TRAINER’S ROLE IN ORGANIZATIONAL CHANGE

 

By Marina Theodotou

As a training officer, how do you lead organizational change? There are several tried and tested approaches and techniques, but they can be time consuming to find and structure.

I’ve assembled 10 research-based steps to guide you. Many of these steps will be familiar, others may be new, but they have been gleaned and curated with the trainer in mind. They are:

  1. Engage in your organization’s strategic planning and goal setting process.
  • Engage your team in reviewing, discussing and analyzing organizational change case studies to distill key learnings that can be adopted and adapted in your organization.
  • Review the Plan-Do-Study-Act model with your team and decide how you can use it in your organization.
  • Listen to and engage your team in the strategic planning process to review, revise and adapt performance plans with new and meaningful metrics to measure progress toward stretch goals.
  1. Focus on organizational change through the knowledge, motivation and organization framework.  
  • Remember that change is nonlinear.
  • Check out the Knowledge-Motivation-Organization model by Clark & Estes.
  • Draft a plan for organizational change focusing first on motivation, then on the organizational structure and last on the knowledge and skills needed.
  1. Build a learning organization.
  • Champion creativity and innovation in your organization and empower the workforce to see learning and development challenges from different angles.
  • Establish metrics to measure learning, creativity and innovation in your organization.
  • Monitor and report changes in learner needs, and assess barriers to change.
  1. Initiate qualitative and quantitative research for evidence to drive organizational change.
  • Do not rely only on surveys or conversations to understand the real issues.
  • Ask the right questions, and listen more.
  • Cross-pollinate data results, it’s a tried and tested classic approach to uncover the real issues.
  1. Champion trust and engagement to detect silence and resistance.
  • Know thyself.
  • Stand by your values and walk the talk all the time.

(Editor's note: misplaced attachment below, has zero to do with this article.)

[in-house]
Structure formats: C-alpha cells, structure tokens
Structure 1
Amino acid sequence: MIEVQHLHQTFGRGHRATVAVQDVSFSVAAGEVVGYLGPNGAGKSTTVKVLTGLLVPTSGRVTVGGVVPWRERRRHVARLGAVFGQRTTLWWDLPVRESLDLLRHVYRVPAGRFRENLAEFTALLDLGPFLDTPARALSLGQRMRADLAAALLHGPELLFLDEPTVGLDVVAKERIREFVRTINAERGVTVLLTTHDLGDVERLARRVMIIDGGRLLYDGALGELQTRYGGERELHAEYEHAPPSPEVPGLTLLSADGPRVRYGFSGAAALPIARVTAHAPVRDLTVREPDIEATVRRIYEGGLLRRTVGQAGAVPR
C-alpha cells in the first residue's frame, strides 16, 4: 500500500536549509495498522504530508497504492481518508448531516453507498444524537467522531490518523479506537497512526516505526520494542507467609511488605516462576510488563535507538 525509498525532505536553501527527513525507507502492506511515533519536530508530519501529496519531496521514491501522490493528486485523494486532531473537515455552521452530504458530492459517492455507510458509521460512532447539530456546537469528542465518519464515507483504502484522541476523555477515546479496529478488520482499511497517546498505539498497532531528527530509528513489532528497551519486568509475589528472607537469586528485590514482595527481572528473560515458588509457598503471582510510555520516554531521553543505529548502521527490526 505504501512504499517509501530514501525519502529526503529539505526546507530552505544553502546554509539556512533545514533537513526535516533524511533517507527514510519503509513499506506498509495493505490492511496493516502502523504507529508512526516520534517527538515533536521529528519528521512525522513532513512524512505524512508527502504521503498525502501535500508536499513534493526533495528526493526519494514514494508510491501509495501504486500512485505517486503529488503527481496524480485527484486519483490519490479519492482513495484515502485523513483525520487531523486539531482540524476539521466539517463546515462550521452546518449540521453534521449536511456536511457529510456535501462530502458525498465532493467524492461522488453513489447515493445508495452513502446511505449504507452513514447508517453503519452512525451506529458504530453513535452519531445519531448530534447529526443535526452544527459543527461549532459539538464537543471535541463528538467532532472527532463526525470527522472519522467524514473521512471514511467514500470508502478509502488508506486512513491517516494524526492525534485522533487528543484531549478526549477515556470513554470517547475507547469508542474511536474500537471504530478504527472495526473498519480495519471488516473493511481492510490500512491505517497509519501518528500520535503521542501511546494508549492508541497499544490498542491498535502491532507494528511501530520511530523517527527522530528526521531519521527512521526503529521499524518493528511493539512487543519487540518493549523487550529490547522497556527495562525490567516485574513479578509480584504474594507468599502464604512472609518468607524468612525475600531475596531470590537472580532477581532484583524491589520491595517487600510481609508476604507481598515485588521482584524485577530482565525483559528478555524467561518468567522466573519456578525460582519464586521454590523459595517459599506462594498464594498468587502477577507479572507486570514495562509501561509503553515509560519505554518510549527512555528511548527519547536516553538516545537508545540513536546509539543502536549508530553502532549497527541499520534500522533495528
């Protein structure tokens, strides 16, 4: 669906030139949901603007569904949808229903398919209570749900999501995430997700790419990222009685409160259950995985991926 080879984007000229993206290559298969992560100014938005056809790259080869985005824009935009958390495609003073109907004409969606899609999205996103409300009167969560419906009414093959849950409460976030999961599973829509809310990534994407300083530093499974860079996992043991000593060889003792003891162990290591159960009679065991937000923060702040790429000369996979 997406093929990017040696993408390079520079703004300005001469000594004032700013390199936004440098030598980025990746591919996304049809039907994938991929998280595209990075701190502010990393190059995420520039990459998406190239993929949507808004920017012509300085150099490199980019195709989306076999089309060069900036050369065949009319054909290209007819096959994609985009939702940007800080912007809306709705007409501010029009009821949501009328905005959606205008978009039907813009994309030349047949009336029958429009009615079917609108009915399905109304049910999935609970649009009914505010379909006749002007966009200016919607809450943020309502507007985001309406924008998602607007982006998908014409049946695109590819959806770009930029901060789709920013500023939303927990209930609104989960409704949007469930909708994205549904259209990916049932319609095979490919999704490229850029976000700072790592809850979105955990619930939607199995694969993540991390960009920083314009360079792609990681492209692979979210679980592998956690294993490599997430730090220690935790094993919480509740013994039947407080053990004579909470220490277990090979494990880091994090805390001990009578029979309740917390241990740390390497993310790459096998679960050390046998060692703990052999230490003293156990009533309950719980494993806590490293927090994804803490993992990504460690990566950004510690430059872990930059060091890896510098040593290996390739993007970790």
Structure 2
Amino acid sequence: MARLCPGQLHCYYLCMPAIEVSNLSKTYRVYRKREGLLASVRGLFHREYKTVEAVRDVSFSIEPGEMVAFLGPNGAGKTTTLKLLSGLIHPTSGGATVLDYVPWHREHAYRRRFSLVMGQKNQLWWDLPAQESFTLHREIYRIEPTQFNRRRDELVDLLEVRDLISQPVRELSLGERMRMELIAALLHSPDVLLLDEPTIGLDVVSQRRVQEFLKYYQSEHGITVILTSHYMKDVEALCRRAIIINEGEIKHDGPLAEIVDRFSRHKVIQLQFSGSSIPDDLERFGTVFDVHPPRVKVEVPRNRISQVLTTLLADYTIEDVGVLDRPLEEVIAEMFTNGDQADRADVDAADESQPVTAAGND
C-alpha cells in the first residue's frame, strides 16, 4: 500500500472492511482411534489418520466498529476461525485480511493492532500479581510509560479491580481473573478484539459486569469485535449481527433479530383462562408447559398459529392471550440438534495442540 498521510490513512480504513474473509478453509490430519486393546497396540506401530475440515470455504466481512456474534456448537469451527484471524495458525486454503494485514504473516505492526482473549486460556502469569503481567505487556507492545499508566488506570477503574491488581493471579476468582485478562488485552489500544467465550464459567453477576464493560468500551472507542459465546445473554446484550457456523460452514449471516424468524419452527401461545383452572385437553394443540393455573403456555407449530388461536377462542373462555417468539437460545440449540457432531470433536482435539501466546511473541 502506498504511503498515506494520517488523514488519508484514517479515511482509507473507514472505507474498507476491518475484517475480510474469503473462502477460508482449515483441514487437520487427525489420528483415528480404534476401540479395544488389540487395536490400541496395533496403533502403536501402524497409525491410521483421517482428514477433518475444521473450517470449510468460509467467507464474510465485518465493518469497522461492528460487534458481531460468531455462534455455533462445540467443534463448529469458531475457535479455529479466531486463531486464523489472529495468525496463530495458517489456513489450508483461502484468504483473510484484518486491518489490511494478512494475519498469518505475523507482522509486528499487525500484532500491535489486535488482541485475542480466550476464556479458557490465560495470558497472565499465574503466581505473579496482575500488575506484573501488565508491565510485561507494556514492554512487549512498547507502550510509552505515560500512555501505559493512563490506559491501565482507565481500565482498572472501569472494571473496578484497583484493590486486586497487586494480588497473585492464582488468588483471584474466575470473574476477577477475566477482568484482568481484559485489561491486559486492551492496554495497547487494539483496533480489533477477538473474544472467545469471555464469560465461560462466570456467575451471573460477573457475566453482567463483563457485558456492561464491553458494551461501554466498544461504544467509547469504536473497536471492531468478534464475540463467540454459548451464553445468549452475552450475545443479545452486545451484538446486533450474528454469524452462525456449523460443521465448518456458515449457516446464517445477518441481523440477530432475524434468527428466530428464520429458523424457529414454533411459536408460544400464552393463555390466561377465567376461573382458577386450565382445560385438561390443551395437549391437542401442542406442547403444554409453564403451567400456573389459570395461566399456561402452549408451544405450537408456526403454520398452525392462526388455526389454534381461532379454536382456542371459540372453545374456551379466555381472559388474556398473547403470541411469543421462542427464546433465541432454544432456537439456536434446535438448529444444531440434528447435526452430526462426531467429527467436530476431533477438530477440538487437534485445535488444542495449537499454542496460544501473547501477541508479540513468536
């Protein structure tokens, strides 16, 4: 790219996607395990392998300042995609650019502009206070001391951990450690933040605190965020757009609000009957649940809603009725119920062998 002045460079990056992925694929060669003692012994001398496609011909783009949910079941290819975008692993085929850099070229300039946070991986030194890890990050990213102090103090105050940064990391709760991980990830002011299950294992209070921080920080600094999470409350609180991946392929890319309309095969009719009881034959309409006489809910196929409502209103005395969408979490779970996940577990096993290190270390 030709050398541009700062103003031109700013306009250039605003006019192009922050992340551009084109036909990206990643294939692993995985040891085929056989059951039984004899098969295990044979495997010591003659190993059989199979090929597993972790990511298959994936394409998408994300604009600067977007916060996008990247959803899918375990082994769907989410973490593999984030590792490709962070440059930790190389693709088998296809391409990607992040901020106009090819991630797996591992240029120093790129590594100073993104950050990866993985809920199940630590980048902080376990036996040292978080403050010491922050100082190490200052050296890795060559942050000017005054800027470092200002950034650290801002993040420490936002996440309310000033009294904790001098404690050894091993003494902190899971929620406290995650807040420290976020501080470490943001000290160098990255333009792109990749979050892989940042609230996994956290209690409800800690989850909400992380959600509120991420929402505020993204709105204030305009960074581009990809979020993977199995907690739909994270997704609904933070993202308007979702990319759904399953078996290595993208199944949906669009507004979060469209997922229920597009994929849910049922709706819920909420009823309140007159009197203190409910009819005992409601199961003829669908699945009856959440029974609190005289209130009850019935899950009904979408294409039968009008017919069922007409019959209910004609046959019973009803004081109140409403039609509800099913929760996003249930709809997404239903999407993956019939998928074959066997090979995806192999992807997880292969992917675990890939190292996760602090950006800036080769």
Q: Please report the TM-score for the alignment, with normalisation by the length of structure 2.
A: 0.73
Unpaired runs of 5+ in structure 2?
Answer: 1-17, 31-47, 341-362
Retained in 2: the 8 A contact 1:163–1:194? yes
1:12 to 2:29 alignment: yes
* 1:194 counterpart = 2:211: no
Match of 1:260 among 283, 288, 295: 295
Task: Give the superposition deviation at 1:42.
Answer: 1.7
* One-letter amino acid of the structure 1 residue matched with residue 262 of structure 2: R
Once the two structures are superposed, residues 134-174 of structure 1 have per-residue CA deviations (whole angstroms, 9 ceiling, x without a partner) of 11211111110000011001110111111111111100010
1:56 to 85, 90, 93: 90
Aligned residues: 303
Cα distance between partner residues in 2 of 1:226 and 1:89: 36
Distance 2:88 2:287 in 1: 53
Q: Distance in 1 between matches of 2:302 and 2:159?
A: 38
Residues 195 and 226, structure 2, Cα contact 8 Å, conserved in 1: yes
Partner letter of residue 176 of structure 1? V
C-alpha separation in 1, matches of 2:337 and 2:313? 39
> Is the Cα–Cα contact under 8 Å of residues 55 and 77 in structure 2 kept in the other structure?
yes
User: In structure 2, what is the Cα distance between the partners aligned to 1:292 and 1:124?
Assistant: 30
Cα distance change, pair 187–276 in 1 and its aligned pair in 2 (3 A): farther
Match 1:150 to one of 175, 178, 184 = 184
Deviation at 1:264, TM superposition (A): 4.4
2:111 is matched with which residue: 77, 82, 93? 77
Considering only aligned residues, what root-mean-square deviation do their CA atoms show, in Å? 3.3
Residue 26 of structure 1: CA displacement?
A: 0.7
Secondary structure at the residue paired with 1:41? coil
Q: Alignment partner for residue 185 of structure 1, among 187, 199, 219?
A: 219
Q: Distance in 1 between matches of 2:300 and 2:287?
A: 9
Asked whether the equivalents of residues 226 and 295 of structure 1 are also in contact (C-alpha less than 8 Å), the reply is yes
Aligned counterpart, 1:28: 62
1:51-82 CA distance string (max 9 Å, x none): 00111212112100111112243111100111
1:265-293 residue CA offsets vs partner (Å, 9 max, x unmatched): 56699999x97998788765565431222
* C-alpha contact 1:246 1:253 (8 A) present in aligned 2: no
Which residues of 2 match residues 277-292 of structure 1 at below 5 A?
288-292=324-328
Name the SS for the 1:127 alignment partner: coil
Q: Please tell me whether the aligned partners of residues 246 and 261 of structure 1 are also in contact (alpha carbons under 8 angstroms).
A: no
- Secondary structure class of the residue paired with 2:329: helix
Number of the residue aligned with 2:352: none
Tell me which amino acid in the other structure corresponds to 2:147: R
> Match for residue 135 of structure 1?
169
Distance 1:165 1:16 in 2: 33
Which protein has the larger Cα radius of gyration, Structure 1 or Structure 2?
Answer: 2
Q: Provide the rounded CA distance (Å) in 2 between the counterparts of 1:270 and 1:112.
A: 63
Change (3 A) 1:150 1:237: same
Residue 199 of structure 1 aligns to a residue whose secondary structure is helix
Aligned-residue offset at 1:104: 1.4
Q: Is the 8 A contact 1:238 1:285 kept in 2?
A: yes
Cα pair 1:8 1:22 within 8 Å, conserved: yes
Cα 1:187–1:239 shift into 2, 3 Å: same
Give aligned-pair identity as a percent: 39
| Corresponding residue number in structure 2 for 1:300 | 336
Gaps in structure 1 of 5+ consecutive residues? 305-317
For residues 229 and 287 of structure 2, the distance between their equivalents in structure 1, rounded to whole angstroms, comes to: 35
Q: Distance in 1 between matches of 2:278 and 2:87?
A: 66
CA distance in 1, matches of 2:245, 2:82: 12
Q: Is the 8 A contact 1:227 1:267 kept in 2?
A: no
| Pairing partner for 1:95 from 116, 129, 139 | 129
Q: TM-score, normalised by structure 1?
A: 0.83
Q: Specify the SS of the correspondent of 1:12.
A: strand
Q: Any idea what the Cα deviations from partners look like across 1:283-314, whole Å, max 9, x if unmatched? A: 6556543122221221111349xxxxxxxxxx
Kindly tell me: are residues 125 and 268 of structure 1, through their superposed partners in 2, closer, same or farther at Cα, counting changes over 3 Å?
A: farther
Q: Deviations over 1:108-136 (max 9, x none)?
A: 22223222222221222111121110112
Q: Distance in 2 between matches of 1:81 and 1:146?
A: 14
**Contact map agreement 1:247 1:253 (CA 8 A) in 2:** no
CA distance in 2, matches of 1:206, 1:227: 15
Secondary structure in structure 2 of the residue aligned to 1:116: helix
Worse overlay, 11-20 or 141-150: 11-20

• Be unwavering when it comes to doing the right thing.
  1. Manage conflict and polarity.
  • Conflict can be a good thing if you address it on time and in an objective manner.
  • Conflict cannot always be problem-solved by closing the gap from A to B.
  • Explore and engage in polarity management to address unsolvable problems.
  1. Over communicate during organizational change.
  • Engage your direct reports by building trust and communicating continuously.
  • Coach and mentor your team to empower them and help them grow as leaders.
  • Overcommunicate with as much transparency as possible when change is coming, is being implemented or has failed.
  1. Steer motivation, rewards and recognition.
  • Ensure your organization differentiates between rewards and recognition.
  • Establish separate rewards policies and procedures.
  • Establish separate recognition policies and procedures.
  1. Revamp archaic policies and procedures.
  • Review and revamp learning and development policies and procedures to ensure they are succinct, practical, implementable and value-adding.
  • Engage your team to establish metrics to ensure learning and development procedures are measurable and can impact the bottom line.
  1. Get out of your own way to facilitate organizational change.
  • Listen to trusted advisers and team members.
  • Communicate both the challenges and the opportunities of a decision.
  • Be willing to pivot.

There’s a growing skepticism about whether training is an effective tool to meet corporate goals. Critics of training contend that it doesn’t visibly move the needle on numbers, and can even backfire. Clearly, not all trainings are equally good — and none are a silver bullet. Training is effective only when designed intentionally to achieve discrete, and often narrow, outcomes. Anyone who believes training will quickly result in greater outcomes will be disappointed. On the other hand, companies that want to motivate employees to engage in new behaviors that complement and accelerate more structural efforts may find thoughtfully designed training to be an effective tool. Training can be an effective mechanism for educating employees and inspiring behavior change. 

Webster University in Athens has an excellent MBA program. For more information, please refer to www.webster.edu.gr

 

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